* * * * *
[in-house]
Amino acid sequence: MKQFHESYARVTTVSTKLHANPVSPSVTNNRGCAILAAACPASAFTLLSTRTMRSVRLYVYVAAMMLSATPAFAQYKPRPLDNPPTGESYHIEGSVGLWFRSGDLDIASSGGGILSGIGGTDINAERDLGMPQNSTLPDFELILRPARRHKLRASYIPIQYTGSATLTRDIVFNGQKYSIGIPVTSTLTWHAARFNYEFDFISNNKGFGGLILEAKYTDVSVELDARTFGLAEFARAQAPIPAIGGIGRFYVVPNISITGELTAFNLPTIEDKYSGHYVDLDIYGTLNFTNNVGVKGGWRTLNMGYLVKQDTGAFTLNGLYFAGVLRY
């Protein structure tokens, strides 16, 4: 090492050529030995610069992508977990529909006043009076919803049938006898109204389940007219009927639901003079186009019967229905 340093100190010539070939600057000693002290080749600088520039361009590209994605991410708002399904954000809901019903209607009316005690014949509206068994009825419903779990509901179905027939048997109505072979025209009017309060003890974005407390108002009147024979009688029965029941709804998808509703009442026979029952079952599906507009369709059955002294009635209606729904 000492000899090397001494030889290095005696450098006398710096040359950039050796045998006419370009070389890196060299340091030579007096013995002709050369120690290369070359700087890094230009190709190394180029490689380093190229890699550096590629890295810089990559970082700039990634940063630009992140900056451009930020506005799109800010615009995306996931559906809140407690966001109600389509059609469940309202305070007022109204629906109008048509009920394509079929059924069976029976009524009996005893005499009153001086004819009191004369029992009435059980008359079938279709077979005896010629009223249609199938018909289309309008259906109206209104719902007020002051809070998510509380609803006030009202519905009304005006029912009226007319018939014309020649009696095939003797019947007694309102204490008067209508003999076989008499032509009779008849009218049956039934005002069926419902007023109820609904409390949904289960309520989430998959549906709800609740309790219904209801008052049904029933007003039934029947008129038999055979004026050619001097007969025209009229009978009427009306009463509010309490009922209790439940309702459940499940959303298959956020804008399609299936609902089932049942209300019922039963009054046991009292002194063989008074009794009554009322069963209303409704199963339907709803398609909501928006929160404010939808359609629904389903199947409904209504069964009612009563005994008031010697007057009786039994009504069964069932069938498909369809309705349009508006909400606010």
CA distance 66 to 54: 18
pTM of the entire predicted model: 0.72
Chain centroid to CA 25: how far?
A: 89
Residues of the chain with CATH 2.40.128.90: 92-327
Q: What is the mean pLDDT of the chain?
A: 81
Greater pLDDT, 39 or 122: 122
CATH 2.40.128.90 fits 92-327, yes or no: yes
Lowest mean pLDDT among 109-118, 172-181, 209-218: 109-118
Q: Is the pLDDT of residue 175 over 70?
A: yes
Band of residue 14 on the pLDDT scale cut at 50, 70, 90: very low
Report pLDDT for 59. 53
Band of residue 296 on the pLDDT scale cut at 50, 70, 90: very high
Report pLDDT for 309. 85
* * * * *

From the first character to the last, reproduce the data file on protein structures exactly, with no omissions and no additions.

[in-house]
Amino acid sequence: MKQFHESYARVTTVSTKLHANPVSPSVTNNRGCAILAAACPASAFTLLSTRTMRSVRLYVYVAAMMLSATPAFAQYKPRPLDNPPTGESYHIEGSVGLWFRSGDLDIASSGGGILSGIGGTDINAERDLGMPQNSTLPDFELILRPARRHKLRASYIPIQYTGSATLTRDIVFNGQKYSIGIPVTSTLTWHAARFNYEFDFISNNKGFGGLILEAKYTDVSVELDARTFGLAEFARAQAPIPAIGGIGRFYVVPNISITGELTAFNLPTIEDKYSGHYVDLDIYGTLNFTNNVGVKGGWRTLNMGYLVKQDTGAFTLNGLYFAGVLRY
């Protein structure tokens, strides 16, 4: 090492050529030995610069992508977990529909006043009076919803049938006898109204389940007219009927639901003079186009019967229905 340093100190010539070939600057000693002290080749600088520039361009590209994605991410708002399904954000809901019903209607009316005690014949509206068994009825419903779990509901179905027939048997109505072979025209009017309060003890974005407390108002009147024979009688029965029941709804998808509703009442026979029952079952599906507009369709059955002294009635209606729904 000492000899090397001494030889290095005696450098006398710096040359950039050796045998006419370009070389890196060299340091030579007096013995002709050369120690290369070359700087890094230009190709190394180029490689380093190229890699550096590629890295810089990559970082700039990634940063630009992140900056451009930020506005799109800010615009995306996931559906809140407690966001109600389509059609469940309202305070007022109204629906109008048509009920394509079929059924069976029976009524009996005893005499009153001086004819009191004369029992009435059980008359079938279709077979005896010629009223249609199938018909289309309008259906109206209104719902007020002051809070998510509380609803006030009202519905009304005006029912009226007319018939014309020649009696095939003797019947007694309102204490008067209508003999076989008499032509009779008849009218049956039934005002069926419902007023109820609904409390949904289960309520989430998959549906709800609740309790219904209801008052049904029933007003039934029947008129038999055979004026050619001097007969025209009229009978009427009306009463509010309490009922209790439940309702459940499940959303298959956020804008399609299936609902089932049942209300019922039963009054046991009292002194063989008074009794009554009322069963209303409704199963339907709803398609909501928006929160404010939808359609629904389903199947409904209504069964009612009563005994008031010697007057009786039994009504069964069932069938498909369809309705349009508006909400606010």
CA distance 66 to 54: 18
pTM of the entire predicted model: 0.72
Chain centroid to CA 25: how far?
A: 89
Residues of the chain with CATH 2.40.128.90: 92-327
Q: What is the mean pLDDT of the chain?
A: 81
Greater pLDDT, 39 or 122: 122
CATH 2.40.128.90 fits 92-327, yes or no: yes
Lowest mean pLDDT among 109-118, 172-181, 209-218: 109-118
Q: Is the pLDDT of residue 175 over 70?
A: yes
Band of residue 14 on the pLDDT scale cut at 50, 70, 90: very low
Report pLDDT for 59. 53
Band of residue 296 on the pLDDT scale cut at 50, 70, 90: very high
Report pLDDT for 309. 85